The visual style of Serenity is really a strange amalgam of flashy 70s American expressionism, Altman-esque fluidity (there is a beautiful, like 3 minute long, tracking shot that moves from steady cam to hand-held in one gorgeous, long single take, that introduces us to each of the initial primary characters and the environment of the ship itself), Western grit, and in places a kind of Croneberg/Lynchian surrealism. If anything, Whedon here has succeeded most in elevating this from the limits of TV to real big epic huge movie. No one can fault this for looking "too TV." If they do, they’ve just got an axe to grind.

I’m really not going to address much of the story here because others have done that to death. The only thing I’m going to talk about is a certain death. Others have been whining about how they didn’t feel enough for X-character’s death. The film doesn’t have a schmaltzy "oh you’re dead I’m so sorry... don’t die don’t die" cliché tear jerky situation. A scene like that is not in line with the theme of the movie. This movie is about people who have a lot of shit happen to them, but keep on moving regardless. Pain is a part of their lives... and to dwell on it damages everyone (though, that’s not to say they don’t react. The most certainly do react). It’s about moving on. And that’s what they do. The death works very gracefully, very elegantly, and those who are angered by it, most likely, are angered because they’re sad X-character had to die, not because it doesn’t work for the story.

I wish I could say I went into this unbiased. But I can’t. And no one who has seen the series can. Which means they can’t guess how a larger audience will react to this movie. It is impossible because they can’t become someone who hasn’t seen the show, cared about the characters. The thing I worry about is that people won’t care enough about the characters to care about the story and what happens in it. But in all reality, I have no idea how well Whedon sets them up, if he makes the audience care. Maybe he does, I really hope he does, but there is the . There’s no way I can tell. No way any fan can tell.

Otherwise, it’s awesome. It really is. It’s an action movie at heart, but it’s also a comedy, a romance, a western, a space opera, a character drama, a political yarn, and, believe it or not, a zombie movie. It’s got something for everyone, and while other movies claim that they "have everything!", this movie IS everything. It doesn’t just go through the motions of these genres, it becomes them. And it succeeds just about always. “AnnaMorfick" says, "as sure as I know anything, I know this... SERENITY is one kickass film.":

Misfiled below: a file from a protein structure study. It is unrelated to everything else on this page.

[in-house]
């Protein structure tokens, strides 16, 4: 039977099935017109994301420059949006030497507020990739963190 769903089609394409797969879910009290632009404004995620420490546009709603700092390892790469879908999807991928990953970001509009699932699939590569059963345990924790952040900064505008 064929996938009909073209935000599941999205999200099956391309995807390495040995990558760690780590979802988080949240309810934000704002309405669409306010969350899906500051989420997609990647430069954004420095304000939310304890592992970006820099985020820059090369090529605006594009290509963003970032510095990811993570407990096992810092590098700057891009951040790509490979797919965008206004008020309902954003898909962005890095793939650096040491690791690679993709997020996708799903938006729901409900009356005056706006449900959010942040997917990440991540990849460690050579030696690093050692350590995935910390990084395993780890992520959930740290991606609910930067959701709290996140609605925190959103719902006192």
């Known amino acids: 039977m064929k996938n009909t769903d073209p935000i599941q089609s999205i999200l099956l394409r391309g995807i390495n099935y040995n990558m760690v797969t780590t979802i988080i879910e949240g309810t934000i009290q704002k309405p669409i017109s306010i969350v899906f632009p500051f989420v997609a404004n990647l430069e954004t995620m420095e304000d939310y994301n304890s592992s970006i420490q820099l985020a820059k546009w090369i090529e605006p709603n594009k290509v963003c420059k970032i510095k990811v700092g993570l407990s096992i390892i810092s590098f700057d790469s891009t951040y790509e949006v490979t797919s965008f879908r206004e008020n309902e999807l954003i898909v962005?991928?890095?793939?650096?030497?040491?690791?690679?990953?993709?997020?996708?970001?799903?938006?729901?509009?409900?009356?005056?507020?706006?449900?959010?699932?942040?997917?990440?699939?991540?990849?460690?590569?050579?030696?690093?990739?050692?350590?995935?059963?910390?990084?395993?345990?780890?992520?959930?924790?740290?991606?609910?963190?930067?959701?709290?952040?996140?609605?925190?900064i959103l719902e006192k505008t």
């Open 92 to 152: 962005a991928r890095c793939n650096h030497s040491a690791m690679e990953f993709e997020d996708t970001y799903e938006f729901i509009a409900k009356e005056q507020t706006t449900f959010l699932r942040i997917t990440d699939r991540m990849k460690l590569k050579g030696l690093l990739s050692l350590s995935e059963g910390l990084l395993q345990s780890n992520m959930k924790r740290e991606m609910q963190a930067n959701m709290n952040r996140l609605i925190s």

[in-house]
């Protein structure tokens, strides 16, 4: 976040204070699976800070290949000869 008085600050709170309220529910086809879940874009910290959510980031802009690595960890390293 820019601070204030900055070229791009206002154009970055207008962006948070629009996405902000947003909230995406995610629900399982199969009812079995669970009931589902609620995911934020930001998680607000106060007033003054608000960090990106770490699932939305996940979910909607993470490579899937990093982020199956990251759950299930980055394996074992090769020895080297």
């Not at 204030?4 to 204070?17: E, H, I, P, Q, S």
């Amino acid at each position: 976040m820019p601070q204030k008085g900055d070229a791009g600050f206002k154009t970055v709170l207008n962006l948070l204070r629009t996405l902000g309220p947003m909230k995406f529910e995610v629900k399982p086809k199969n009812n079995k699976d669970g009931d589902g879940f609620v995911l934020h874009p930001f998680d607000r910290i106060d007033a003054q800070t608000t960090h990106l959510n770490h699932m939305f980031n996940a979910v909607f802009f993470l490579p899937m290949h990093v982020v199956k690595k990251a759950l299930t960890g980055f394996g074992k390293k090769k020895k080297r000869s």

Hey guys. I had the good fortune to see SERENITY last night in CT; it was my second time seeing the film. I attended the previous screening in Boston and you guys were good enough to post my review. Well now I’m askin’ more of you, than I have before. I’m asking you to post my new review. Because as sure as I know anything, I know this... SERENITY is one kickass film.

(No major spoilers in here.) First off, the print. WOW! Unless my memory is really bad, last night’s print looked AND sounded like a completely different movie. Lighting, effects, everything just seemed much more polished. I did find that the first half of the film looked better than the second half. Could be that’s as far as they’ve gotten thus far in cleaning it up. There seemed to be less filler music this time around, but I could be mistaken. The first time we see Serenity (the ship), it’s entering atmo to land on the planet below... the music here is awesome. Very Firefly-ish. I don’t recall hearing that piece last time, but I loved it last night. (One of my chief complaints last time was that SERENITY wasn’t Firefly-ish enough.) There were lots of scenes completely devoid of background music, or so it seemed. Didn’t bother me a whit, because the action and drama here is plenty intense to stand on its own. Also, I don’t remember seeing the actor credits on-screen last time during Mal’s stumble through the ship. They looked very slick.

OK stop reading after this sentence if you’re nervous about spoilers - I loved this film, a lot more than I did last time, and I think it’s going to make a much bigger splash than the droves of Whedon naysayers will admit.............. still with me? OK. I just want to comment on a few goods and bads and then I’ll be on my merry.

First, the goods. There are many of them. The effects look great. Having only just seen Star Wars III last week, it’s incredible the difference between Sith’s green screen-o-rama and SERENITY’s subtlety. Like the show, exterior shots dart around and go out of focus, as if we’re watching actual aerial photography. Nothing and I mean NOTHING in this film screams CGI.